We were sitting on a park bench on the edge of the town square last week when an elderly woman sat down beside Maggie and me. My littlest girl munched donut holes while I made small talk with our sweet park companion. We chatted about the weather and the golden glory of Autumn. And we both agreed that the thought of winter’s impending intrusion left us wallowing in quiet dread.
Maggie had been quiet due to the ridiculous amount of donut holes she’d stuffed into her mouth all at once, but as soon as she’d chewed and swallowed, she’d hopped into the conversation as well. Our bench mate comfortably engaged Maggie in a steady stream of dialogue until my preschooler’s wiggles launched her tu-tued bottom off the seat and into the leaf-covered grass.
Oblivious to the hum of traffic or the crunch of the leaves beneath her toes, Maggie began to waltz about the park as if she owned the grassy stage. She whirled and twirled much to the old woman’s delight. When the music in her head subsided, my littlest one ended her impromptu performance with a dramatic curtsey. The precious audience member beside me clapped with glee and promptly asked Maggie if she planned to be a ballerina someday.
Maggie sighed and clutched her hands together as if she might have to pray about the possibility.
After a pregnant pause, my daughter responded, “I don’t know exactly what I want to be when I grow up. But I do know what I don’t want to be….”
Maggie’s aged fan chuckled and replied, “Well, that’s half the battle of life right there, now isn’t it–figuring out what you don’t want.”
Maggie nodded in agreement; then sidled up to the dear old one’s ear and whispered loud enough for this mama to overhear the not-so-quiet secret:
“I just don’t want to be a servant like my mom when I’m all growed up!”
The wise weathered lady cast me a twinkle-eyed grin, and then tossed back her silver-haired head and laughed at Maggie’s honesty while I tried to formulate a dignified response.
My initial inclination was to defend my daily dire, to point out that I’m not the one wearing all those clothes that need to be washed and folded, nor am I the mess-maker who spills apple juice on the floor countless times a day.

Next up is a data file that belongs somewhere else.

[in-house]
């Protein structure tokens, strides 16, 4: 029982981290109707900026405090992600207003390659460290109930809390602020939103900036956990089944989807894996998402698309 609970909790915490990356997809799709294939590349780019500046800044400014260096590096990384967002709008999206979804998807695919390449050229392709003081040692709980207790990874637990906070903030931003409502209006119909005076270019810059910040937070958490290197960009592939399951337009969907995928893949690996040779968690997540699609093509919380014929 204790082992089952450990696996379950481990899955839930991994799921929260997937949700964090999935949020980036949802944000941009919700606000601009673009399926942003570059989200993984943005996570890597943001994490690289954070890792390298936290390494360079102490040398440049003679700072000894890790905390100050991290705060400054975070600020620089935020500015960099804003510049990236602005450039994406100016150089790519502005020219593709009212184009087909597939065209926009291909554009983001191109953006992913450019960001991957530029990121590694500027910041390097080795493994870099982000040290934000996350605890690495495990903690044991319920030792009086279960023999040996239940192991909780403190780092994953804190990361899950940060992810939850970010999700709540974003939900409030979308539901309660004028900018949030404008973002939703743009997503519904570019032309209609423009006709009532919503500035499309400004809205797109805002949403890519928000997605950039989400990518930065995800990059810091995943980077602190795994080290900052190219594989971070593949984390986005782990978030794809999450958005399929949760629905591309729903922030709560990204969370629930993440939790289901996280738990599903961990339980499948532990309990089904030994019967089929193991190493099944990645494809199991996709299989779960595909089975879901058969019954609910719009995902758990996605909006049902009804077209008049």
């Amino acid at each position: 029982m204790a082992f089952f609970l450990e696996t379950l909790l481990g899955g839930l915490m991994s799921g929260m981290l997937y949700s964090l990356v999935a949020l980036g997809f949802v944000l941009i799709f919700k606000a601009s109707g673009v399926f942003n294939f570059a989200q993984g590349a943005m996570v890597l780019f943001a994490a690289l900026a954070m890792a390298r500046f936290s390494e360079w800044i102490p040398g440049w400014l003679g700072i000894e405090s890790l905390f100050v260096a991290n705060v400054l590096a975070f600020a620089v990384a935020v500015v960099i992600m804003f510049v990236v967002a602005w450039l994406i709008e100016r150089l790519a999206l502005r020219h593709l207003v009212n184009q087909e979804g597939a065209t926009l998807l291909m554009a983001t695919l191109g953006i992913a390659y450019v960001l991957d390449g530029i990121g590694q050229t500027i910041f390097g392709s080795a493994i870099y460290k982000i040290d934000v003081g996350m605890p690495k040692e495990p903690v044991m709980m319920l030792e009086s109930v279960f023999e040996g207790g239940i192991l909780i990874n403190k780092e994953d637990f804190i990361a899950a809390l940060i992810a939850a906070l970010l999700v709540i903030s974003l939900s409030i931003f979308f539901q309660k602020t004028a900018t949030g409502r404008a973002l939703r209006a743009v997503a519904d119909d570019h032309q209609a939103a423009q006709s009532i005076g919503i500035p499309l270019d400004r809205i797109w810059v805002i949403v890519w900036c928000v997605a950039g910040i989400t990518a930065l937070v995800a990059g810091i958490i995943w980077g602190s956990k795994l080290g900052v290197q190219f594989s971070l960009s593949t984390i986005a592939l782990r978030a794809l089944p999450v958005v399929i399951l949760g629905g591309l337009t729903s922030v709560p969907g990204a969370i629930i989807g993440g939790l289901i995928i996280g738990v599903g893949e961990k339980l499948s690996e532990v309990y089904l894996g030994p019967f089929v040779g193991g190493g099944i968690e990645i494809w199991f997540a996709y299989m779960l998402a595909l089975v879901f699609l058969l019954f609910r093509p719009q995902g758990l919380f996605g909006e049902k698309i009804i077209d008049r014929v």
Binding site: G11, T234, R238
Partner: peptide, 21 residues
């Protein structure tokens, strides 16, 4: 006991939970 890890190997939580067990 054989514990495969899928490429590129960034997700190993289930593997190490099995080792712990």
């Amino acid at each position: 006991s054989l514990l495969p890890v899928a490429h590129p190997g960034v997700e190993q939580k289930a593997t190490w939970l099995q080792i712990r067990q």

But my park companion’s kind and knowing smile simply invited me to laugh along and remind myself that life through the eyes of a Disney-Princess wanna-be looks a bit different than life through the eyes of a forty-one-year-old mom of five.
However, later that evening, when my royal four-year-old grabbed the feather duster and performed a dramatic Cinderella dance routine in the living room while I cleaned greasy smudges off the windows, I formulated a new prayer for this fast-growing baby of mine. “Lord, may my princess grow up to have a servant’s heart.”
And though it’s hard to imagine that prayer coming true any time in the near future, I have hope that if my littlest girl gets to know the Prince of Peace she just might learn that more impressive than a ballerina who has mastered her royal bow is a daughter of the King who chooses to stoop low in love.
This princess of mine may not want to be much like her mommy when she grows up, but I hope she’ll aim to be like Heaven’s precious Prince.
‘Cause if she does, I believe that in time, my daughter will discover that the best way to display your royal heritage is on bended knees.
“Anyone who wants to be first must be the very last, and the servant of all.” -Jesus, Mark 9:35